I have had eight mainland Chinese teachers over the time I have spent studying, and I am still confused, because I find there are inconsistencies between my textbook's audio CDs, my teachers' explanations, and what I typically hear people say. I don't know how to read IPA so please bear with me.
In some audio CDs, and most of my teachers, they agree that "an" should be pronounced like the English "an" (e.g. an apple) and not like the English "un" (e.g. that was fun) and I do often hear it for cases such as "怎么办？" and "赶得到". They also tell me it's the same for 换 and 言 etc. (just not for 天 as "ian" is a different rule.)
However, the disagreement stems from others telling me it should be the English "un", and there are resources that also show this (I read through Pinyin tones pronunciation cheat sheet and listened to the accompanying links http://lost-theory.org/chinese/phonetics/ and http://chinesepod.com/tools/pronunciation, which follows this rule.)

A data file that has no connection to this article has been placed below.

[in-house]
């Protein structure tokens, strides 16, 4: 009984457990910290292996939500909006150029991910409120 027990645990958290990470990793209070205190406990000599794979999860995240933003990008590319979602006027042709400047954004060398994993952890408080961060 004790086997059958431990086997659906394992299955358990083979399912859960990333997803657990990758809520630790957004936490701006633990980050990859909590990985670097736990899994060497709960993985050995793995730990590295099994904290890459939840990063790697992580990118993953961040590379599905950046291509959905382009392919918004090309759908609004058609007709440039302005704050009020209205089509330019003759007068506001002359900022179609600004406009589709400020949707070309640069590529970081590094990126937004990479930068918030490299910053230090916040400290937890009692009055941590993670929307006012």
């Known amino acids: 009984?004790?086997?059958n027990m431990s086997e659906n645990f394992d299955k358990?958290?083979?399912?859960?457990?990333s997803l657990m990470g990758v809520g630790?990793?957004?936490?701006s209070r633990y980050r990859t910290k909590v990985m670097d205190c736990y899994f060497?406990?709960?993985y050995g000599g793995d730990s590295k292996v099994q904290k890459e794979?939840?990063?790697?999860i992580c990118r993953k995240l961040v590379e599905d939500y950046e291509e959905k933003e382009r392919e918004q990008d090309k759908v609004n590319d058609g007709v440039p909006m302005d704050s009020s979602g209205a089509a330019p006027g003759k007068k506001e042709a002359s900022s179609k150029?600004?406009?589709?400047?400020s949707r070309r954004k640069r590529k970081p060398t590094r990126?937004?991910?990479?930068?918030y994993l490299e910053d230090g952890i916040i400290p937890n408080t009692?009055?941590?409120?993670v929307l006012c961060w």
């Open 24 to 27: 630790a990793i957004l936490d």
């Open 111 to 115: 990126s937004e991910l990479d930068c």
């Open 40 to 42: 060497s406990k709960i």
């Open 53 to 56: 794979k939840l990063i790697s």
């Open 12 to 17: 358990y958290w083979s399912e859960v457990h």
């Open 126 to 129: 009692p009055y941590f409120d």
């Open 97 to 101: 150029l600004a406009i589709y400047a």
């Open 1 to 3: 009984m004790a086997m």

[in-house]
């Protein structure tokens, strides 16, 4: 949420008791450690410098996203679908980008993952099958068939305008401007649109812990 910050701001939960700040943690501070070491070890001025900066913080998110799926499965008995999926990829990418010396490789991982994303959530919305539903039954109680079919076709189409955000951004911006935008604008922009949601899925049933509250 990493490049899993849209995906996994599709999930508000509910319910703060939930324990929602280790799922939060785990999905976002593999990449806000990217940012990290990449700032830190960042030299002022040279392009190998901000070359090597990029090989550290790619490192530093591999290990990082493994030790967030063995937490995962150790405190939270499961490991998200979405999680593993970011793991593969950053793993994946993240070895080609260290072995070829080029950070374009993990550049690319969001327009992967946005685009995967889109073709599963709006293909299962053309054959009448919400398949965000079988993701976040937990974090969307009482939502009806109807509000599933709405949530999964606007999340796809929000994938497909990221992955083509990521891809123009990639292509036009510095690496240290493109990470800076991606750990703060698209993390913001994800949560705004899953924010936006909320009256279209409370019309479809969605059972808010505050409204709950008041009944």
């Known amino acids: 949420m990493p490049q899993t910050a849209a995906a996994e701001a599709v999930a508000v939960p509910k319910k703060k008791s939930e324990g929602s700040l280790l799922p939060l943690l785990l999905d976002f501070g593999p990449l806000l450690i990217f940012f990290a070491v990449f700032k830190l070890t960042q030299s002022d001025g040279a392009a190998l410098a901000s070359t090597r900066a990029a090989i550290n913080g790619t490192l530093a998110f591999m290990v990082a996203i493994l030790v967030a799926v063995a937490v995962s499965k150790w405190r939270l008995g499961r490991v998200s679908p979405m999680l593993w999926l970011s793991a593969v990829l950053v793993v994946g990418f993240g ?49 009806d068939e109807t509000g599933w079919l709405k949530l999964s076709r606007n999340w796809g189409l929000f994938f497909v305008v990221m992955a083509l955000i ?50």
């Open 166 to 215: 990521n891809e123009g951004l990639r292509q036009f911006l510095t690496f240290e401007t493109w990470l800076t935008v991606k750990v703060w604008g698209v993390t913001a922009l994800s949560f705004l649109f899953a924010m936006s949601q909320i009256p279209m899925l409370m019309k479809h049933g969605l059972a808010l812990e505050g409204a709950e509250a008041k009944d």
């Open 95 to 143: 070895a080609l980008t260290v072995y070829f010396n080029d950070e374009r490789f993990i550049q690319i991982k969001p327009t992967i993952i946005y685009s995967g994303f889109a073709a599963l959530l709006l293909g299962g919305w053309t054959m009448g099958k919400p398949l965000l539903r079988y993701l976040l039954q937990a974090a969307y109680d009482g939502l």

I do also notice that some of the teachers in the first camp, while pronouncing 办 with the English "an", seem to pronounce 看 with the English "un". Not all of them, however. This makes things very confusing.
I have broken my pronunciation habits once and switched from the first camp to the second camp, and now am wondering if I should have done that, and if I should actually be switching back.
Can anybody clarify this?
(Note: The teachers that were staunchly in the second camp also pronounced "iu" as English "ew", not like the "iou" that it should be (就 etc.,) but I don't know if that's enough to disregard their arguments for what is considered correct pronunciation.)
UPDATE: Wiki article on pinyin claims:
an [än] an like British English "ban", but more central
Not ... entirely sure what "but more central" means, but going by the Macmillan Dictionary audio sample for ban and the CCTV link @Stan commented with it doesn't sound like the "an" in "an apple" nor does it sound like the "un" in "that was fun", but it sounds somewhere in between the two, what I'm thinking at the moment is that it sounds like the "an" in "hand".